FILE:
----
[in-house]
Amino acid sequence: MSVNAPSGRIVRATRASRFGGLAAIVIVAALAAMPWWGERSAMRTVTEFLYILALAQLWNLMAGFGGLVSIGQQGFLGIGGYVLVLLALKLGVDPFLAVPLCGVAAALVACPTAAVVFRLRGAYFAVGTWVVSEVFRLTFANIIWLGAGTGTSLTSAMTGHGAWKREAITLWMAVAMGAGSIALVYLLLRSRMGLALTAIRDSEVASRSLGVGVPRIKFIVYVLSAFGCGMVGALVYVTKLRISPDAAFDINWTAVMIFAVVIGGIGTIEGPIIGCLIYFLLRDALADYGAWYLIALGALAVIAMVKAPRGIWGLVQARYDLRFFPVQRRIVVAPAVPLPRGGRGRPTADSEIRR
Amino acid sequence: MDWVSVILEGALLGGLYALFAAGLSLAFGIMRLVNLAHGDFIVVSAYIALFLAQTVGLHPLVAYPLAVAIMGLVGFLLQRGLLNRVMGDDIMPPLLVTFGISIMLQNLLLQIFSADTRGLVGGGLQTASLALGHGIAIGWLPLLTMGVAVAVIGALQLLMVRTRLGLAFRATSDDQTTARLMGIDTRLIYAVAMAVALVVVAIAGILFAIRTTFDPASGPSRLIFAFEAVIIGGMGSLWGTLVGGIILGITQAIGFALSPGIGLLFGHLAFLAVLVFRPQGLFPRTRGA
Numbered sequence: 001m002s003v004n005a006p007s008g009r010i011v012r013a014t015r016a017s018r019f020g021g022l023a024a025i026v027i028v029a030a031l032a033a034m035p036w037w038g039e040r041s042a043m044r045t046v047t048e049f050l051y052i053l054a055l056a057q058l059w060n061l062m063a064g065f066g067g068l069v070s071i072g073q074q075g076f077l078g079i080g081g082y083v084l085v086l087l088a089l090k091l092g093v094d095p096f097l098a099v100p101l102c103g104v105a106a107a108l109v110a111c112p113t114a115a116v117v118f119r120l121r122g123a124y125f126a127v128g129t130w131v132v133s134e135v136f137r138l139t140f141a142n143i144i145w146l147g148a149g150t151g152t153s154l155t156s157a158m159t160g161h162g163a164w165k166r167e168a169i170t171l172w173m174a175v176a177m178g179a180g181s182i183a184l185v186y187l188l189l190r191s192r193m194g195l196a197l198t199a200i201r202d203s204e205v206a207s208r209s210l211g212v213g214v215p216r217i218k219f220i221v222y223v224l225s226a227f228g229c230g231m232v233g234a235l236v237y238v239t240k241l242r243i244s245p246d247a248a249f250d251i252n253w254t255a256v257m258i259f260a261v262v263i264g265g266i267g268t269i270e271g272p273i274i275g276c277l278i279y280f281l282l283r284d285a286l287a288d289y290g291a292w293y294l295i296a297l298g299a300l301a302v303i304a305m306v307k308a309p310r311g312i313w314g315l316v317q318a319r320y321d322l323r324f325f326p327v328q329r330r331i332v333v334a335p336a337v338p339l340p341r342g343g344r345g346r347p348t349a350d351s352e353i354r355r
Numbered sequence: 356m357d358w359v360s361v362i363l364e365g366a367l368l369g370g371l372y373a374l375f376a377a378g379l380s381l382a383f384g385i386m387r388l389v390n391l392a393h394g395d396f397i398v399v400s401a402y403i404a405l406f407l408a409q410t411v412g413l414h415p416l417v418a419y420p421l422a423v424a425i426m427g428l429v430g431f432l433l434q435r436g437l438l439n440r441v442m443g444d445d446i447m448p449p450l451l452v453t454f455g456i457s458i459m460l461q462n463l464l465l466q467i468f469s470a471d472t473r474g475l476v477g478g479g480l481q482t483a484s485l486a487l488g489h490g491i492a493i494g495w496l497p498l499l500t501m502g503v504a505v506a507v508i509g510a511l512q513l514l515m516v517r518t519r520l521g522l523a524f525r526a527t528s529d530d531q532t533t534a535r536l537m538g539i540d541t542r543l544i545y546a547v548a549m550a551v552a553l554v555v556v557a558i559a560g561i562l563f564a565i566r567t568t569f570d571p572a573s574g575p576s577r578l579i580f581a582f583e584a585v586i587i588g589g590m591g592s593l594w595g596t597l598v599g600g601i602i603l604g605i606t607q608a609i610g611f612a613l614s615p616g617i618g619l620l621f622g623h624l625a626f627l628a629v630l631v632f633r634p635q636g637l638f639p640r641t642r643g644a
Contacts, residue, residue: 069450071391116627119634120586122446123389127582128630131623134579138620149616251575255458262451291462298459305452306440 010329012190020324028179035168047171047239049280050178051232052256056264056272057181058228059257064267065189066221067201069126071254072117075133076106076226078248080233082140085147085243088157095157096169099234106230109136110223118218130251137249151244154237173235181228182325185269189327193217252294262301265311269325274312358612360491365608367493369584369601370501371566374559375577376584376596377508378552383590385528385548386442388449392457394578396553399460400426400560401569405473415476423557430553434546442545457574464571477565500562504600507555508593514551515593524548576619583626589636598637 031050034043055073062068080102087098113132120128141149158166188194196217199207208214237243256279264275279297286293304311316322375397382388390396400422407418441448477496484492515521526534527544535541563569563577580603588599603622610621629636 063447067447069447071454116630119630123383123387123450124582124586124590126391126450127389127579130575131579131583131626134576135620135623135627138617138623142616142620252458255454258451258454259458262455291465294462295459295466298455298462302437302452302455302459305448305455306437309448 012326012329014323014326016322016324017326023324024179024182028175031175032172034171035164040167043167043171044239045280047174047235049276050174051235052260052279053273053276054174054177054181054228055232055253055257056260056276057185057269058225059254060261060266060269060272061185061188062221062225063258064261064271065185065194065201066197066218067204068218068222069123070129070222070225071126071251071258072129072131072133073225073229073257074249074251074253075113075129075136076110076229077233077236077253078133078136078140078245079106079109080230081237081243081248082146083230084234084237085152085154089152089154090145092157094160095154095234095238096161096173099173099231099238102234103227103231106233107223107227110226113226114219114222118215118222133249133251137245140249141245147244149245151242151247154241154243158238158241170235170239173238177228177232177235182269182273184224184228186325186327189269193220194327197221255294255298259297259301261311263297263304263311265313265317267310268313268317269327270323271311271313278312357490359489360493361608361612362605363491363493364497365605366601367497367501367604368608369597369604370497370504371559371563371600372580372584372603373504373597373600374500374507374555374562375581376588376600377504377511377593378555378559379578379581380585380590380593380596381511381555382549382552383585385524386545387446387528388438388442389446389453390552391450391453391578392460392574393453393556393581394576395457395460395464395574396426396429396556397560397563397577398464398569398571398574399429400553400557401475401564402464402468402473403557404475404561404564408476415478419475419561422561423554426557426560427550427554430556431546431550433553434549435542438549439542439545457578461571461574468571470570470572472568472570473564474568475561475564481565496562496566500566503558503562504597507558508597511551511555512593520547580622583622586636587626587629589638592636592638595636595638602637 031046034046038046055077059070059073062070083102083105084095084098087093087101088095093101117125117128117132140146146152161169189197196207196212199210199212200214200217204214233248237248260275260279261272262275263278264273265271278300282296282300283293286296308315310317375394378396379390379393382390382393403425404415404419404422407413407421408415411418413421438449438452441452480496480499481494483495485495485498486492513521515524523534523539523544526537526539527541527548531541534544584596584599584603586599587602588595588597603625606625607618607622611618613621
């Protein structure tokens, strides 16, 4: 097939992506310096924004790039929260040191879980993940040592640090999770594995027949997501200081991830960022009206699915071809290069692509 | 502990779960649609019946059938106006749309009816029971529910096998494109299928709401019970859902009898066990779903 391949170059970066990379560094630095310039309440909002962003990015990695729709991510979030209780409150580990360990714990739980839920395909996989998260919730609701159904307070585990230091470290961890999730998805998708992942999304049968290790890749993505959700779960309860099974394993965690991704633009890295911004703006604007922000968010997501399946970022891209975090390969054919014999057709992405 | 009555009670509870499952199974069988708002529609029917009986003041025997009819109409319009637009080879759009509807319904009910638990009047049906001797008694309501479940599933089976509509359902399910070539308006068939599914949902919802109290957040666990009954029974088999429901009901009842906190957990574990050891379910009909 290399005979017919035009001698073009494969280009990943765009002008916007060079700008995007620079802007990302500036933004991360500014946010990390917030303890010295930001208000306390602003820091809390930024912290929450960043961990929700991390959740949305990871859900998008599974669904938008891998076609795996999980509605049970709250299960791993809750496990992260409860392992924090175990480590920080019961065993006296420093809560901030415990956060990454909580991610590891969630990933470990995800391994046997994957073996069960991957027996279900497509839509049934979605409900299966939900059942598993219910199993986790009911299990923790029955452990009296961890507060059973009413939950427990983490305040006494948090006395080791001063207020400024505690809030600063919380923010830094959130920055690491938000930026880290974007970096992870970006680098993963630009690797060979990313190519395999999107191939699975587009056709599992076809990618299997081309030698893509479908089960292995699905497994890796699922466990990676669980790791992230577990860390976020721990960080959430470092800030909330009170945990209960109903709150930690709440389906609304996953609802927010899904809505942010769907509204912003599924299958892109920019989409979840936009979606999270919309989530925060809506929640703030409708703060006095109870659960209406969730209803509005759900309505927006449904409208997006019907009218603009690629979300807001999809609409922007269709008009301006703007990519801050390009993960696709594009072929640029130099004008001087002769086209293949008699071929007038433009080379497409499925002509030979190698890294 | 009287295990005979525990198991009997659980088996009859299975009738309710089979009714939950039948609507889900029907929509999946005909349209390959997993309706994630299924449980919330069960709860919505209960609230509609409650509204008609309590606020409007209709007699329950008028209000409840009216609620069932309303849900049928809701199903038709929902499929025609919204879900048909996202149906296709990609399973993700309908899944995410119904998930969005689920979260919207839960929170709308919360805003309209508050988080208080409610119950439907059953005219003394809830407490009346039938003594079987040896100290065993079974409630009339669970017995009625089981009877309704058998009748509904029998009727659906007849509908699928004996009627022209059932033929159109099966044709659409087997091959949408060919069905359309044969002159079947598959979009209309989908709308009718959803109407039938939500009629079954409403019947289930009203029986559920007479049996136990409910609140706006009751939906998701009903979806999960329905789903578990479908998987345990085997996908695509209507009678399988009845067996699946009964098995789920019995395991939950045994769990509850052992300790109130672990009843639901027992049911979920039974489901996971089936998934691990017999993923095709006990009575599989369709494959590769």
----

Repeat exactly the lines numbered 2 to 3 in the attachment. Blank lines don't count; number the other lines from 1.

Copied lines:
Amino acid sequence: MSVNAPSGRIVRATRASRFGGLAAIVIVAALAAMPWWGERSAMRTVTEFLYILALAQLWNLMAGFGGLVSIGQQGFLGIGGYVLVLLALKLGVDPFLAVPLCGVAAALVACPTAAVVFRLRGAYFAVGTWVVSEVFRLTFANIIWLGAGTGTSLTSAMTGHGAWKREAITLWMAVAMGAGSIALVYLLLRSRMGLALTAIRDSEVASRSLGVGVPRIKFIVYVLSAFGCGMVGALVYVTKLRISPDAAFDINWTAVMIFAVVIGGIGTIEGPIIGCLIYFLLRDALADYGAWYLIALGALAVIAMVKAPRGIWGLVQARYDLRFFPVQRRIVVAPAVPLPRGGRGRPTADSEIRR
Amino acid sequence: MDWVSVILEGALLGGLYALFAAGLSLAFGIMRLVNLAHGDFIVVSAYIALFLAQTVGLHPLVAYPLAVAIMGLVGFLLQRGLLNRVMGDDIMPPLLVTFGISIMLQNLLLQIFSADTRGLVGGGLQTASLALGHGIAIGWLPLLTMGVAVAVIGALQLLMVRTRLGLAFRATSDDQTTARLMGIDTRLIYAVAMAVALVVVAIAGILFAIRTTFDPASGPSRLIFAFEAVIIGGMGSLWGTLVGGIILGITQAIGFALSPGIGLLFGHLAFLAVLVFRPQGLFPRTRGA